SolAero Holdings is one of only two companies that produce high-efficiency, space-grade solar cells in the United States; the other is Spectrolab, a subsidiary of Chicago-based Boeing Co.
Space solar cells, also known as space solar panels, are used to power satellites, some spacecraft and other space-based facilities such as the International Space Station and the Hubble Space Telescope. Like their Earth-based counterparts, space solar panels collect energy from the sun and convert it into electricity to provide power and propulsion. One advantage in space: The solar panels generally don’t spend long periods in shadow, unable to produce power.
SolAero Holdings’ space solar panels have been used on NASA’s Mars Insight lander and Parker Solar Probe, among other spacecraft.
Rocket Lab is one of the major rocket launch companies in the United States; on Dec. 9 it launched its 108th and 109th satellites into orbit for its client, geospatial intelligence company BlackSky Technology of Herndon, Va. Rocket Lab also makes spacecraft components and provides orbital management services.
By merging with Rocket Lab, SolAero hopes to use Rocket Lab’s resources and manufacturing capability to boost the production and efficiency of its space solar cells. Rocket Lab, in turn, plans to use SolAero’s improved solar space cells to provide power to allow its customers to have their satellites perform more tasks in orbit.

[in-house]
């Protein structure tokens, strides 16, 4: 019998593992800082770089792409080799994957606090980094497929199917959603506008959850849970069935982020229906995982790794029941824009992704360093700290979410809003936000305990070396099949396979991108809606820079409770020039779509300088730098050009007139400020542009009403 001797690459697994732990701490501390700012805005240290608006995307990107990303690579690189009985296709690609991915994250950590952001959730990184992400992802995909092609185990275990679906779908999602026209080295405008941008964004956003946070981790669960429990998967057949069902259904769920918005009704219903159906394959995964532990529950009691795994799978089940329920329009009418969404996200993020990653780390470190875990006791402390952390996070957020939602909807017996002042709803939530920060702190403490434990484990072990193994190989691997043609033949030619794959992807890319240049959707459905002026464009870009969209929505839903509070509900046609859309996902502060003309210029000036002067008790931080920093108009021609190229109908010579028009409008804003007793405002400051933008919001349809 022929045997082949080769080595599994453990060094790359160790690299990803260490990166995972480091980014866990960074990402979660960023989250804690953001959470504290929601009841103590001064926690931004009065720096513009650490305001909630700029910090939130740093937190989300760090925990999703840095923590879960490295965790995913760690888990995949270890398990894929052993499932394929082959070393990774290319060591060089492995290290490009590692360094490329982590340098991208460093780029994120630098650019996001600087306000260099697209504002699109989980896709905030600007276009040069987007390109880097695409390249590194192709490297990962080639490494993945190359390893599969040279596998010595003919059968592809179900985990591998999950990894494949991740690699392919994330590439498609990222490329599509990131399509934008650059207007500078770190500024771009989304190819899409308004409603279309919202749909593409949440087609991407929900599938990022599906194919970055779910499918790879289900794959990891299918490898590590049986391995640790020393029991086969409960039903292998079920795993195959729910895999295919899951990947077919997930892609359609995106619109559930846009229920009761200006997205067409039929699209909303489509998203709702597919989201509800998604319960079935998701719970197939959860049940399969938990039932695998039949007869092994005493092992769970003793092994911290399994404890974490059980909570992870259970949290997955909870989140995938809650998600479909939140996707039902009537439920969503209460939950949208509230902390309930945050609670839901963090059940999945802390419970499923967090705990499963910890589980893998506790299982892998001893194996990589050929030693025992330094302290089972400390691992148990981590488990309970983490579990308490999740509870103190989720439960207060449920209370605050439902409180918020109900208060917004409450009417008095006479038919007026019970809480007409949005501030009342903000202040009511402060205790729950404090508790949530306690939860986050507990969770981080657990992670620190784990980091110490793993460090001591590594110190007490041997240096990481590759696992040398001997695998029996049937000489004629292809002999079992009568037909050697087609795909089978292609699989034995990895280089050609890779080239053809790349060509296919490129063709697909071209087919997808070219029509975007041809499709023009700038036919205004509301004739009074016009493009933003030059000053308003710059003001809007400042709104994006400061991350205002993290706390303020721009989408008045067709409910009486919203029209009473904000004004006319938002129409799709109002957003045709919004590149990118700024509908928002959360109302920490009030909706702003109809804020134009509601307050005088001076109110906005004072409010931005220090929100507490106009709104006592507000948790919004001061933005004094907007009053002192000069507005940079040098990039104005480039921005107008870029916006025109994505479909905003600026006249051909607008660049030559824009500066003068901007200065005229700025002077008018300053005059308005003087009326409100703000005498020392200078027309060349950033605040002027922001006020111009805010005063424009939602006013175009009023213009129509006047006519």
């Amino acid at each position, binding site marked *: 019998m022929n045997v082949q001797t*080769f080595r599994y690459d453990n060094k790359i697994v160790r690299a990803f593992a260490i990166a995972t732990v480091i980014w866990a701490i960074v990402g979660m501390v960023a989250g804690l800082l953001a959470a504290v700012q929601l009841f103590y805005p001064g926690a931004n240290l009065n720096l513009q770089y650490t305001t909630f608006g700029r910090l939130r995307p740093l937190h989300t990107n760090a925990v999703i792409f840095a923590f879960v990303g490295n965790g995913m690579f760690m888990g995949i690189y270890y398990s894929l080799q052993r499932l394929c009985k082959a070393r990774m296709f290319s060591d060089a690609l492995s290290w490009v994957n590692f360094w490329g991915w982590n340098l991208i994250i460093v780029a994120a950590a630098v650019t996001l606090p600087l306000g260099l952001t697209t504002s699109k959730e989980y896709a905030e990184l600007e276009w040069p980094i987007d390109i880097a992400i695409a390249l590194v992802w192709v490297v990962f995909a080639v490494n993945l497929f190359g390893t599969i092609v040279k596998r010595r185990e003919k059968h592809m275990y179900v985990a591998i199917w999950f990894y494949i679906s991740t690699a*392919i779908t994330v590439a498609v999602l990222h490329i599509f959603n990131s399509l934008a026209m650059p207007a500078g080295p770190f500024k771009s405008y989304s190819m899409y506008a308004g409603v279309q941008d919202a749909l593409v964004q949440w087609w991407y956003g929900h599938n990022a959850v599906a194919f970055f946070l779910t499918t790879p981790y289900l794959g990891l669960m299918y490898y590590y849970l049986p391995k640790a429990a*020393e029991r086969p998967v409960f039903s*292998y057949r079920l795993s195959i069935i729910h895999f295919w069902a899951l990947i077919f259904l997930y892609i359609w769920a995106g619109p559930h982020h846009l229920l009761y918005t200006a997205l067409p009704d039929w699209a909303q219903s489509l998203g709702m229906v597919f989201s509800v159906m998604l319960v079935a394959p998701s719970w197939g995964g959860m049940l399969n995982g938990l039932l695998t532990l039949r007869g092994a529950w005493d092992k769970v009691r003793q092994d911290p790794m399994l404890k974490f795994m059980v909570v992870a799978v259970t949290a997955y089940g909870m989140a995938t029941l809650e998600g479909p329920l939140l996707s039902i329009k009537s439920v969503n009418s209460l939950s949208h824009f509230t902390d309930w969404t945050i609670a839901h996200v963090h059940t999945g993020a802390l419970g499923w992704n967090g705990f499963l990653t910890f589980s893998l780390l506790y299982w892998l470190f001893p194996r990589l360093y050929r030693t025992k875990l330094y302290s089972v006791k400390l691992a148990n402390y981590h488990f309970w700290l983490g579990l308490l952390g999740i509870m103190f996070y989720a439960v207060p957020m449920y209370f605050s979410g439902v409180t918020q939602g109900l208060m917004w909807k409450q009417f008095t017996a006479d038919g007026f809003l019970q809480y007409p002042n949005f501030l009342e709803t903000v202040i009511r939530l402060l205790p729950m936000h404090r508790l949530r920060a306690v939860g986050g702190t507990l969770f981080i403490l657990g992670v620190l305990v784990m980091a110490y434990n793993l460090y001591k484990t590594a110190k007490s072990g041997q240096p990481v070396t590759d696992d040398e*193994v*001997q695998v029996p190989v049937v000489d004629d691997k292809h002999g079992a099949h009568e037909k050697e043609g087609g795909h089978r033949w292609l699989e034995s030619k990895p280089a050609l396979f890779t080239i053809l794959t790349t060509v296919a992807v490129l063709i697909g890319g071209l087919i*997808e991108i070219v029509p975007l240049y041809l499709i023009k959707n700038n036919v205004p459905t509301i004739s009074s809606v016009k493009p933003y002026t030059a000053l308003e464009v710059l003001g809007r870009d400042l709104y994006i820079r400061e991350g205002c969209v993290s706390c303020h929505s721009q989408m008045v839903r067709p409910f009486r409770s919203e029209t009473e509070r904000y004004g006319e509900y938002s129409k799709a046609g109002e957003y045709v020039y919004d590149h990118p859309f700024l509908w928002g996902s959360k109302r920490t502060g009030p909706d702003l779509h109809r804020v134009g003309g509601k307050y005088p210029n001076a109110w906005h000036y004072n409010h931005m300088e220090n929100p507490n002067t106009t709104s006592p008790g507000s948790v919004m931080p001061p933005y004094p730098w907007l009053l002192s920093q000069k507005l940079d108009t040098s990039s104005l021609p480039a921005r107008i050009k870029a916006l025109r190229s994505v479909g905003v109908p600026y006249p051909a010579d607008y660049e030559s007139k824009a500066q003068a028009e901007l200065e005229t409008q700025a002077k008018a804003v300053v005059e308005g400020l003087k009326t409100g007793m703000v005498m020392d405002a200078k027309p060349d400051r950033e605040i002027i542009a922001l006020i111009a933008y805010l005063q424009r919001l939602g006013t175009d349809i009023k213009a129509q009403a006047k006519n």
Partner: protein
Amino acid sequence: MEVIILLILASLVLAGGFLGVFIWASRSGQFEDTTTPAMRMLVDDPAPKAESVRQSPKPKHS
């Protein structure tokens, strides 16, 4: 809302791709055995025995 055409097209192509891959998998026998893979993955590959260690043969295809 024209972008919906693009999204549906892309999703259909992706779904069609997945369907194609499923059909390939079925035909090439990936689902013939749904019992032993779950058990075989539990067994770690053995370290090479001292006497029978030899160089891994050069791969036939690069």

“SolAero has established itself as a premier provider of solar technologies, enabling trailblazing missions that have expanded scientific horizons and advanced commercial space,” Peter Beck, Rocket Lab’s chief executive, said in the deal announcement. “By combining our innovative teams, industry-leading technologies, and strong resources, we can advance space exploration and enable our customers to push the boundaries of what’s possible in orbit.”
Under the deal, SolAero Chief Executive Brad Clevenger will stay on to lead the SolAero team at its production facility in Albuquerque.
The SolAero merger is Rocket Lab’s third acquisition deal announced this year, following the acquisition of Littleton, Colo.-based space software company Advanced Solutions Inc. in October, and Silver Spring, Md.-based spacecraft separation systems company Planetary Systems Corp.; the latter deal was completed earlier this month.
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